On the other hand, maybe these brave young men (it's always an act of bravery to subvert tradition) will create a space in which others can be be masculine without being slaves to tradition.

November 25, 2009

Yasuhito Sekine
Yasuhito Sekine is a member of a new generation of mild-mannered, sensitive Japanese men
known as "herbivores." He runs an online dessert club for men — something he says
would have been unthinkable 20 years ago.

November 25, 2009

The sensitive New Age man has finally arrived in the land of the salaryman. But there is a catch — a particularly important one in Japan, where the declining birthrate has caused alarm: The new Japanese man doesn't appear to be interested in women or sex.

In Tokyo on the weekends, the trendy area of Harajuku is a melting pot of urban tribes: Lolita goths bat their fake eyelashes, while the punks glower.

Away from the strutting are the retiring wallflowers, a quiet army of sweet young men with floppy hair and skinny jeans. These young men are becoming known as Japan's "herbivores" — from the Japanese phrase for "grass-eating boys" — guys who are heterosexual but who say they aren't really interested in matters of the flesh.

They are drawn to a quieter, less competitive life, focusing on family and friends — and eschewing the macho ways of the traditional Japanese male.

They include men such as Yukihiro Yoshida, a 20-something economics student, who is a self-confessed herbivore. "I don't take initiative with women, I don't talk to them," he says, blushing. "I'd welcome it if a girl talked to me, but I never take the first step myself."

Multiple recent surveys suggest that about 60 percent of young Japanese men — in their 20s and early 30s — identify themselves as herbivores. Their Sex and the City is a television show called Otomen, or Girly Guys. The lead character is a martial arts expert, the manliest guy in the whole school. But his secret passions include sewing, baking and crocheting clothes for his stuffed animals.

"I will hide my true nature," he vows in the first episode, as he sews secretly, shut away in his living room. "At all times, I will be a man — a real Japanese man," he says.

But what does that mean?

"It's not so much that men are becoming more like women. It's that the concept of masculinity is changing," says Katsuhiko Kokobun. From his perch at Guzzle, the popular Harajuku hair salon he owns, Kokobun is at the front line of the latest trends.

Over the years, he has seen more and more men coming into the salon — men who he describes as "more modest, less demanding, kind of passive; they accept what they're told." He's noticed that nowadays they're demanding more traditionally female treatments. "We do have eyebrow plucking and facials for men," he says, smiling. "Eyebrow plucking is very popular among high school boys."

It is, perhaps, no coincidence that Yasuhito Sekine's eyebrows are perfectly groomed. The changing tastes of Japanese men are quite literally what take up his days. He works for an Internet service provider and operates Sweets Club, an online group for men who like desserts. Set up in January, it already has about 1,000 members who congregate — online and in person — to debate the virtues of different brands of strawberry shortcake. It's something that Sekine says would have been unthinkable 20 years ago.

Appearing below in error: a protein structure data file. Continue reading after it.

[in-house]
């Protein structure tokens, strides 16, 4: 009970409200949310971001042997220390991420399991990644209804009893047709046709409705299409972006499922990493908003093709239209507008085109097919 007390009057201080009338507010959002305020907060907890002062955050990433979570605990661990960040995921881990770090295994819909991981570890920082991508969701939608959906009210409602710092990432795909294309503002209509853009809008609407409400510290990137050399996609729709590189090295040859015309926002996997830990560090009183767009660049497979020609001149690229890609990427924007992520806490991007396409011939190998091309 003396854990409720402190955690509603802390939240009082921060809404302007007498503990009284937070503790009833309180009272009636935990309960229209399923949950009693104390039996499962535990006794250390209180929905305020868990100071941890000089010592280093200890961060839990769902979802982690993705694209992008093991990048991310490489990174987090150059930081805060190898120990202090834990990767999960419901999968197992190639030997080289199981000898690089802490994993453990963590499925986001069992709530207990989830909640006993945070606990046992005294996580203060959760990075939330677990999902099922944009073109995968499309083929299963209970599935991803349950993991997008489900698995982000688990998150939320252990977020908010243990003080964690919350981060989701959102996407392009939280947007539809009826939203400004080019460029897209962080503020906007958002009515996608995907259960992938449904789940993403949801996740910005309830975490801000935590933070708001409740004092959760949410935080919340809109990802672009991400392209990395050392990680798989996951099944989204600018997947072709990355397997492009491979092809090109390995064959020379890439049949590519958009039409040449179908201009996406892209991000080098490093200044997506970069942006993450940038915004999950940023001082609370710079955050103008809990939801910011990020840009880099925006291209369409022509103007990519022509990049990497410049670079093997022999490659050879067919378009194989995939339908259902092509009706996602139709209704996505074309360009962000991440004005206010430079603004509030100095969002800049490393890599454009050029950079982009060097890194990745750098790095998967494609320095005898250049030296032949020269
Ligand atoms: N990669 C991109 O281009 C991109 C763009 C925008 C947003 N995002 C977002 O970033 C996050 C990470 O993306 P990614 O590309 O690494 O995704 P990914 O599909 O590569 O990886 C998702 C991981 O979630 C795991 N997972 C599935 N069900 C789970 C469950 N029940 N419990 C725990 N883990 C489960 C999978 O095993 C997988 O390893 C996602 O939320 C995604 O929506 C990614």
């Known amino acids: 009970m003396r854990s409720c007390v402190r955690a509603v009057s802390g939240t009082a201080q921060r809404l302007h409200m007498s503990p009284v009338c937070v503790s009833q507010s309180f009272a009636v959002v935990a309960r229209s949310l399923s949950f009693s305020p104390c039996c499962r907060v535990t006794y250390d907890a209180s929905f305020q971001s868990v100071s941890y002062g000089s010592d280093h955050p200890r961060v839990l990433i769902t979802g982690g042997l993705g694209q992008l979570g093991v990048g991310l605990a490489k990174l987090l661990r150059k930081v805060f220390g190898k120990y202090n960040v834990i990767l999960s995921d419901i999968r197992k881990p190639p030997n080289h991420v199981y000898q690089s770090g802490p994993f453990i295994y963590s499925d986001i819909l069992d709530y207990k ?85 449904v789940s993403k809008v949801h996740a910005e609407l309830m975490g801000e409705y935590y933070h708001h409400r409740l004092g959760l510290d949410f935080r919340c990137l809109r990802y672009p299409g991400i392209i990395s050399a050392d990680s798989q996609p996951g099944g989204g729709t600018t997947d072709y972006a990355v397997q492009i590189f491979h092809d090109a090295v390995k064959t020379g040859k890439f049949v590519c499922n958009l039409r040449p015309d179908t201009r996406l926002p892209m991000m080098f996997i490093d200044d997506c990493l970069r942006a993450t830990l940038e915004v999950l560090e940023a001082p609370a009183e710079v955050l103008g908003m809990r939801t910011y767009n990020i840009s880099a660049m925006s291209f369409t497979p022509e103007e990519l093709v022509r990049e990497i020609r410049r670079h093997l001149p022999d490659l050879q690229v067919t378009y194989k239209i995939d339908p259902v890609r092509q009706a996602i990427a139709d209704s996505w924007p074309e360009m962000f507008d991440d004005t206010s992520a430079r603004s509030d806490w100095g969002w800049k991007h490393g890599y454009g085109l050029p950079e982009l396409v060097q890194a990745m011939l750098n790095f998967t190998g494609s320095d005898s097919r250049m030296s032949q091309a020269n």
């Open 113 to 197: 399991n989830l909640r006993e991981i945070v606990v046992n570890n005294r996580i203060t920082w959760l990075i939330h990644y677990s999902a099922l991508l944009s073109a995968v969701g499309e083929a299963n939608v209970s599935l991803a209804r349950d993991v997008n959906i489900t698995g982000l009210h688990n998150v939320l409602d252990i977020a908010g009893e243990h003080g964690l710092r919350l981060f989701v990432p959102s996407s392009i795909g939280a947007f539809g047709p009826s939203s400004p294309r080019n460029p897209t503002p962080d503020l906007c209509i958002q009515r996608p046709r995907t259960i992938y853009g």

"Back then, lots of men liked desserts, but it was considered uncool. Cool men had to like alcohol or spicy food. I've discovered my father likes eating dessert, but he never showed it in the past," Sekine says.

Put through his paces with an impromptu taste test, Sekine praises peach gelatin as fresh-tasting. He is not so keen on coffee gelatin with cream — a macho dessert if ever there was one — labeling it "retro." He believes his dessert club shows that young Japanese men are asserting their individuality, reflecting a change in values from Japan's booming 1980s.

"Back then, Japanese men had to be passionate and aggressive, but now those characteristics are disliked. Our members have very mild personalities. They simply enjoy what they like without prejudice. They are not limited by expectations," Sekine says.

Japan's top expert on herbivores, Maki Fukasawa, believes they were born from the lost decade of economic stagnation. She christened the tribe in 2006 and recently wrote a book called The Herbivore Generation, which breaks herbivores down into 23 distinct subcategories. She argues that the herbivores are rebelling against the salaryman generation of their fathers, consciously turning away from the macho mores and conspicuous consumption of that era.

"They have some feelings of revulsion towards the older generation," says Fukasawa. "They don't want to have the same lives. And the impact of the herbivores on the economy is very big. They're such big news now because sales are down, especially of status products like cars and alcohol."

She says the advent of the herbivores could bring positive changes. Herbivores may lack ambition, but they are driven by a strong sense of community and family, which she believes many of them lacked while growing up.

"In a sense, their fathers neglected their families. They were involved in Japanese-style salaryman lifestyles, going out with their bosses every night, while herbivores are closer to their families and friends," Fukasawa says.

But there are fears about the financial and social impact of herbivores. Their low levels of spending and lack of interest in sex invoke two of Japan's biggest problems: its lackluster economy and declining birthrate. Herbivores like to be friends with women — but for many, that's as far as it goes.

In the streets of Harajuku, Alex Fujita explains why he is not interested in taking it any further.